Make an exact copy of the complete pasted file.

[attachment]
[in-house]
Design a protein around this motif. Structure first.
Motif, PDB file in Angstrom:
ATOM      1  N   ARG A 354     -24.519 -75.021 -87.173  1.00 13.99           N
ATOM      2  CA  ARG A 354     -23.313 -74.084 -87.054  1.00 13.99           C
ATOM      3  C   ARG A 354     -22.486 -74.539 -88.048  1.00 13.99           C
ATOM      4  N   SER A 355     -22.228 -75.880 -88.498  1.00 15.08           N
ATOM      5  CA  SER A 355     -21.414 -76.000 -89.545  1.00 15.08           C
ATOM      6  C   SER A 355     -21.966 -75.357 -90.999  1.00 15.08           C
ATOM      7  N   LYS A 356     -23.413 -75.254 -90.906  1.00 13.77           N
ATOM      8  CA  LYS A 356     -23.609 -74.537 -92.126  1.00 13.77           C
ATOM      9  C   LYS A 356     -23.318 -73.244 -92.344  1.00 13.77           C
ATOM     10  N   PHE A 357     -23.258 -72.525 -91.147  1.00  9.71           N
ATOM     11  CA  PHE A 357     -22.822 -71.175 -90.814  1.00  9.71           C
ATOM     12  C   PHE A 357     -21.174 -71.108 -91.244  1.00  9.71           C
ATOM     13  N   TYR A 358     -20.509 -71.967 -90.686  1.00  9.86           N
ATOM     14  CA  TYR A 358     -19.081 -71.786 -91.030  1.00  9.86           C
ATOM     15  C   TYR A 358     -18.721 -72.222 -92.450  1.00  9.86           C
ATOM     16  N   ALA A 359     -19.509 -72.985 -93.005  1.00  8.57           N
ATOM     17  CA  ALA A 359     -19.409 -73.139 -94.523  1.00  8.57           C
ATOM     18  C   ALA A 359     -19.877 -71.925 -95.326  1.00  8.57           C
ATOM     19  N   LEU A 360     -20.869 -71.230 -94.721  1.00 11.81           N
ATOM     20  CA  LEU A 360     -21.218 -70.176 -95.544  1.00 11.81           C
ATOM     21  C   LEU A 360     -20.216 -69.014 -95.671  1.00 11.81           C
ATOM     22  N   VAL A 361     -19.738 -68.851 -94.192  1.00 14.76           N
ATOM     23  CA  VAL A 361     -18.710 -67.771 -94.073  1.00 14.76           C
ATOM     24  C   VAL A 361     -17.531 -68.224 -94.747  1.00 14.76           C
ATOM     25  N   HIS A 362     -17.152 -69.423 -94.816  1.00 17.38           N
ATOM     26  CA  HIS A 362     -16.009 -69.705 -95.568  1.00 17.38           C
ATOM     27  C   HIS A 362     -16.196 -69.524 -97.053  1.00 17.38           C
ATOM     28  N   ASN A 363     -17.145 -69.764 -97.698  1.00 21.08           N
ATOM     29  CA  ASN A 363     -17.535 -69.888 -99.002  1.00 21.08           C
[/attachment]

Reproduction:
[in-house]
Design a protein around this motif. Structure first.
Motif, PDB file in Angstrom:
ATOM      1  N   ARG A 354     -24.519 -75.021 -87.173  1.00 13.99           N
ATOM      2  CA  ARG A 354     -23.313 -74.084 -87.054  1.00 13.99           C
ATOM      3  C   ARG A 354     -22.486 -74.539 -88.048  1.00 13.99           C
ATOM      4  N   SER A 355     -22.228 -75.880 -88.498  1.00 15.08           N
ATOM      5  CA  SER A 355     -21.414 -76.000 -89.545  1.00 15.08           C
ATOM      6  C   SER A 355     -21.966 -75.357 -90.999  1.00 15.08           C
ATOM      7  N   LYS A 356     -23.413 -75.254 -90.906  1.00 13.77           N
ATOM      8  CA  LYS A 356     -23.609 -74.537 -92.126  1.00 13.77           C
ATOM      9  C   LYS A 356     -23.318 -73.244 -92.344  1.00 13.77           C
ATOM     10  N   PHE A 357     -23.258 -72.525 -91.147  1.00  9.71           N
ATOM     11  CA  PHE A 357     -22.822 -71.175 -90.814  1.00  9.71           C
ATOM     12  C   PHE A 357     -21.174 -71.108 -91.244  1.00  9.71           C
ATOM     13  N   TYR A 358     -20.509 -71.967 -90.686  1.00  9.86           N
ATOM     14  CA  TYR A 358     -19.081 -71.786 -91.030  1.00  9.86           C
ATOM     15  C   TYR A 358     -18.721 -72.222 -92.450  1.00  9.86           C
ATOM     16  N   ALA A 359     -19.509 -72.985 -93.005  1.00  8.57           N
ATOM     17  CA  ALA A 359     -19.409 -73.139 -94.523  1.00  8.57           C
ATOM     18  C   ALA A 359     -19.877 -71.925 -95.326  1.00  8.57           C
ATOM     19  N   LEU A 360     -20.869 -71.230 -94.721  1.00 11.81           N
ATOM     20  CA  LEU A 360     -21.218 -70.176 -95.544  1.00 11.81           C
ATOM     21  C   LEU A 360     -20.216 -69.014 -95.671  1.00 11.81           C
ATOM     22  N   VAL A 361     -19.738 -68.851 -94.192  1.00 14.76           N
ATOM     23  CA  VAL A 361     -18.710 -67.771 -94.073  1.00 14.76           C
ATOM     24  C   VAL A 361     -17.531 -68.224 -94.747  1.00 14.76           C
ATOM     25  N   HIS A 362     -17.152 -69.423 -94.816  1.00 17.38           N
ATOM     26  CA  HIS A 362     -16.009 -69.705 -95.568  1.00 17.38           C
ATOM     27  C   HIS A 362     -16.196 -69.524 -97.053  1.00 17.38           C
ATOM     28  N   ASN A 363     -17.145 -69.764 -97.698  1.00 21.08           N
ATOM     29  CA  ASN A 363     -17.535 -69.888 -99.002  1.00 21.08           C